Google recently decided to reject digital certificates authorized by the Chinese Internet Network Information Center (CNNIC). In this regard, in a statement on Thursday, the Chinese organization criticized Google’s decision calling it “unacceptable and unintelligible.”

Google Confronts Chinese Agency Over Issue of Digital Certificates

Google justifies the ban

In explaining its decision, the U.S.-based search provider said that the company still remains troubled by CNNIC’s choice to grant a certificate to an Egyptian IT company. The Chinese internet agency issued a digital intermediate CA certificate to MCS Holdings, based in Egypt, for internal testing. Intermediate certificates enable their acquirers to issue certificates for any internet domain names, so therefore, there arises a strict need to regulate their use.

However, the Egyptian firm abused their privileges during a failed security test, and tried to cover it up, citing human error. As a result, Google along with CNNIC undertook an inquiry into the matter.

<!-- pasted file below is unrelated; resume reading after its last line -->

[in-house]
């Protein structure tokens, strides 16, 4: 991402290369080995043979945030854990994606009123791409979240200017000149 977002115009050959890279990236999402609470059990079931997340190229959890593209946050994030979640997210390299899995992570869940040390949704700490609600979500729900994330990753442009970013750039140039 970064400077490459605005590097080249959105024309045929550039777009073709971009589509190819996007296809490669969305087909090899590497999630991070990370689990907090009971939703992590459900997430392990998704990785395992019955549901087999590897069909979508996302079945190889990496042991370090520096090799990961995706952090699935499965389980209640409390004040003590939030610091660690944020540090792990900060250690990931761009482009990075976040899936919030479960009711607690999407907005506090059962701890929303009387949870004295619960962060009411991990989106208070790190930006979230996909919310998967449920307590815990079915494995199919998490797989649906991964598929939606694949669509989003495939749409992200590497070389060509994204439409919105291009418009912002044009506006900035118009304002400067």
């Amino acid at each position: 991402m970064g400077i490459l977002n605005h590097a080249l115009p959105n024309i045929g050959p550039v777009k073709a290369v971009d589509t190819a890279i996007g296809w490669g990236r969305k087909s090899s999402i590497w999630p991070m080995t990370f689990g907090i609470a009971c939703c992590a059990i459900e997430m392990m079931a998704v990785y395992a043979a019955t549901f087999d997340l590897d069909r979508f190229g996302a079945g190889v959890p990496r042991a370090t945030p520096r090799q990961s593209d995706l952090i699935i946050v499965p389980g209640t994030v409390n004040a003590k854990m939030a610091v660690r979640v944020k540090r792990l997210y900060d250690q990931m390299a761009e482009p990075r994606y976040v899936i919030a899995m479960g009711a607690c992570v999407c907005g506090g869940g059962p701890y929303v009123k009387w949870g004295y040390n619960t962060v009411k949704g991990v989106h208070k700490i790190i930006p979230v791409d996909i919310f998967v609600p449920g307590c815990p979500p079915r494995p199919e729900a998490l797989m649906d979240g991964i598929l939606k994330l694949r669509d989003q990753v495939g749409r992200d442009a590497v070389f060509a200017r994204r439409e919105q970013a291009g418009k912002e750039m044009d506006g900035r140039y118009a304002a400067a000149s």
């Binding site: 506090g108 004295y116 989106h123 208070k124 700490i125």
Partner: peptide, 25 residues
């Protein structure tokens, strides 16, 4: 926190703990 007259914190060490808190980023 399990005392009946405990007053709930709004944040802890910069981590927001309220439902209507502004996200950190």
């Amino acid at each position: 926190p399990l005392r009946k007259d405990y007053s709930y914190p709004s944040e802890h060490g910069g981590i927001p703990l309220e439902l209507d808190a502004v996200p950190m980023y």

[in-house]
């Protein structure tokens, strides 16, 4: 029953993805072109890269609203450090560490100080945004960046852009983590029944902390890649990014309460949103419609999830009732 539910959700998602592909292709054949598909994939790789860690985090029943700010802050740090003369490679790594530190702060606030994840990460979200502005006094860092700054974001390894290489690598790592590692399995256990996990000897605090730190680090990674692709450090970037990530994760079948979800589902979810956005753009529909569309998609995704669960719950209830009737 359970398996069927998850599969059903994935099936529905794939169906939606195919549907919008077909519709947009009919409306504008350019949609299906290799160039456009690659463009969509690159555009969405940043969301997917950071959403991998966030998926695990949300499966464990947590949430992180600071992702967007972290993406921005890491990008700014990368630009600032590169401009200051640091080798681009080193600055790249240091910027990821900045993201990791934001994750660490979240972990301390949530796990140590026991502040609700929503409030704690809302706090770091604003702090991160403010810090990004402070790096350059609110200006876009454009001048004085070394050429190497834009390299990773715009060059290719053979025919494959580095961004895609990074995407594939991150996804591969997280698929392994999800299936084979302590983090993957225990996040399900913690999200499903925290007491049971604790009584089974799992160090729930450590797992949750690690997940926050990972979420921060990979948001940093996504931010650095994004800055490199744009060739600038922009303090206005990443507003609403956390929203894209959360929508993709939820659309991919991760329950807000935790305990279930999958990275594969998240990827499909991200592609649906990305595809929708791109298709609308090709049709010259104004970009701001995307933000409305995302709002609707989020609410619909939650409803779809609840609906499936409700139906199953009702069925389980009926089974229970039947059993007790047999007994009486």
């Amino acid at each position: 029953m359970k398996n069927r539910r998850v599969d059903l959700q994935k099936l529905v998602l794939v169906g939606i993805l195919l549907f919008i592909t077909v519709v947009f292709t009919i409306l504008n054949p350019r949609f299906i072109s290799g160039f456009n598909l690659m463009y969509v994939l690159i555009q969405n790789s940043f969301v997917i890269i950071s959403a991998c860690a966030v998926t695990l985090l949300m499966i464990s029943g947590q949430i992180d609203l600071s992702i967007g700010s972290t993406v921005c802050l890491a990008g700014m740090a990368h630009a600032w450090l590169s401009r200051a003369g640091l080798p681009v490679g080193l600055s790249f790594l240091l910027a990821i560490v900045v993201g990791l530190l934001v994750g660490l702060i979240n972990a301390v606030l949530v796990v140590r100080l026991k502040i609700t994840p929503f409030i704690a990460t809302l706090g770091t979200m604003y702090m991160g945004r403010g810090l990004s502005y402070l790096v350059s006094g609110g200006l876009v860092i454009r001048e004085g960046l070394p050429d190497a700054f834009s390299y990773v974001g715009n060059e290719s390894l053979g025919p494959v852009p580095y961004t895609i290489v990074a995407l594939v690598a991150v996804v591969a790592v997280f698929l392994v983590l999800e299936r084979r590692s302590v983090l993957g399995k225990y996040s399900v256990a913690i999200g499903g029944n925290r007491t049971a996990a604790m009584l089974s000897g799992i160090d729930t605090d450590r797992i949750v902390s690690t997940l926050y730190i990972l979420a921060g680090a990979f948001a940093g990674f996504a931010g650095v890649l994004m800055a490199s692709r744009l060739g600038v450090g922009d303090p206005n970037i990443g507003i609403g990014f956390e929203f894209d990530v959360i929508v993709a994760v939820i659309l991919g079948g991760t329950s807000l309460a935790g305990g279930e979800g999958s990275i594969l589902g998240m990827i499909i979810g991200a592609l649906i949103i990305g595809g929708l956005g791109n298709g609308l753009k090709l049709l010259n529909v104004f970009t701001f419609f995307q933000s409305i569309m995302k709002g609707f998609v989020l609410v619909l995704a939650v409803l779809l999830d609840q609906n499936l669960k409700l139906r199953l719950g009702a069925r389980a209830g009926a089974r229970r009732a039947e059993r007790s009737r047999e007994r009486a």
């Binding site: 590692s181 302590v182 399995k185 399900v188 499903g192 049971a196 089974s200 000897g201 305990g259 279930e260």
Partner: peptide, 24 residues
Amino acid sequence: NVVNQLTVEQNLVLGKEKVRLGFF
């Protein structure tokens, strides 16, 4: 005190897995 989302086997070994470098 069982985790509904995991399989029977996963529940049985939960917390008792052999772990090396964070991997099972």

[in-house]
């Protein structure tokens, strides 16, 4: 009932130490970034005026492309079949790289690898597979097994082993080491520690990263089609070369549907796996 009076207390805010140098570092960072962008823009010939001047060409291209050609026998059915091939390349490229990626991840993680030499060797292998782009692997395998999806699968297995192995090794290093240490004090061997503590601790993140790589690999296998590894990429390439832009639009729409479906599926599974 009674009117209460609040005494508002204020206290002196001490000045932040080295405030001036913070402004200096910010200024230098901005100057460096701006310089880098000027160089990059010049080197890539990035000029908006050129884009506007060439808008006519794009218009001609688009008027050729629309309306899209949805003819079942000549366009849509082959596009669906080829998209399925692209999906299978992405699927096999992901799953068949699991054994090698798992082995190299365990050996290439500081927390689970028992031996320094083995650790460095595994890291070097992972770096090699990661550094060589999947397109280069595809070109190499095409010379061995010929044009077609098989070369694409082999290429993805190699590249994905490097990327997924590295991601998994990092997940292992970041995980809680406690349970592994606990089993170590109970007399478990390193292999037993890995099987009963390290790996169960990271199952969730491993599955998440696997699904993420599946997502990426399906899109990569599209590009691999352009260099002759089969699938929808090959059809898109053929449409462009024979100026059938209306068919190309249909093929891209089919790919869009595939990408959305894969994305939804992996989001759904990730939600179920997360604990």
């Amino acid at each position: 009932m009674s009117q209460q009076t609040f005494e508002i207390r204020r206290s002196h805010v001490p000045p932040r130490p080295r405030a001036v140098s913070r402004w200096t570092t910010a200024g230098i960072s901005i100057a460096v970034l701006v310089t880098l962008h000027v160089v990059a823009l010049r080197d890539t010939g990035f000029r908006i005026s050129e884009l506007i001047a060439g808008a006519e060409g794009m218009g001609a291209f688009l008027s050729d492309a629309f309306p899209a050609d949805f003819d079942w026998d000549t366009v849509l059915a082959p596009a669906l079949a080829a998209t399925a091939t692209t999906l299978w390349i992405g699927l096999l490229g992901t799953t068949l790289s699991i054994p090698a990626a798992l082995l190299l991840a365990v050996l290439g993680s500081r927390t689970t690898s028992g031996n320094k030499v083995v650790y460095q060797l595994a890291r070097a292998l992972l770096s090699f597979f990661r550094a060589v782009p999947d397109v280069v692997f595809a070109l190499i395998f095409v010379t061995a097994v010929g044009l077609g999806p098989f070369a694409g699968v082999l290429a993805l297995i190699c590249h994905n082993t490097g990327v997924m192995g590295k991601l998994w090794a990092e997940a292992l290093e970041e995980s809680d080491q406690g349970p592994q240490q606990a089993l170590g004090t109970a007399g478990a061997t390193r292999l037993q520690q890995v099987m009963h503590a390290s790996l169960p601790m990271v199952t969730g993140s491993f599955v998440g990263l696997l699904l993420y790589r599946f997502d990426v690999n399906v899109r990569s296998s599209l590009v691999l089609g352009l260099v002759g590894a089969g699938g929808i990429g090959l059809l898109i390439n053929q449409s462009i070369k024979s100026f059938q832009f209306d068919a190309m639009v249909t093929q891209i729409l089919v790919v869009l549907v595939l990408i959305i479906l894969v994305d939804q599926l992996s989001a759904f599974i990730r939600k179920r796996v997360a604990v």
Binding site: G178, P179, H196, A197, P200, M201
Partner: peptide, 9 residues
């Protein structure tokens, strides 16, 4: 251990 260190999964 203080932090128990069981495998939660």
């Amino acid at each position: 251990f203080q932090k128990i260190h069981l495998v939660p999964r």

Even though CNNIC’s efforts were appreciated, Google still abandoned the Chinese agency as a recognized root certificate authority. However, the U.S. company suggested that the ban was temporary, and encouraged its Chinese partner to reapply after the appropriate technical and procedural measures are completed.

“We applaud CNNIC on their proactive steps, and welcome them to reapply once suitable technical and procedural controls are in place,” Google added.

Tough road ahead for CNNIC

CNNIC regulates China’s Internet Infrastructure and operates the .cn domain name system. Along with this, the agency is connected with the Chinese government, which has been alleged of initiating cyber-attacks against the US companies and activist groups.

In case of an impasse, Google’s decision to blacklist CNNIC-issued certificates could hinder the Chinese agency’s control of the internet in their region.

Banning certificates would mean that Google’s Chrome browser, after a future update, could clash with the sites provided by the Chinese internet authority. The current dispute will not impact customers already provided with certificates, but securing future users could be a daunting task for CNNIC. Furthermore, Mozilla canceled the certificate granted by CNNIC to MSC Holdings last month.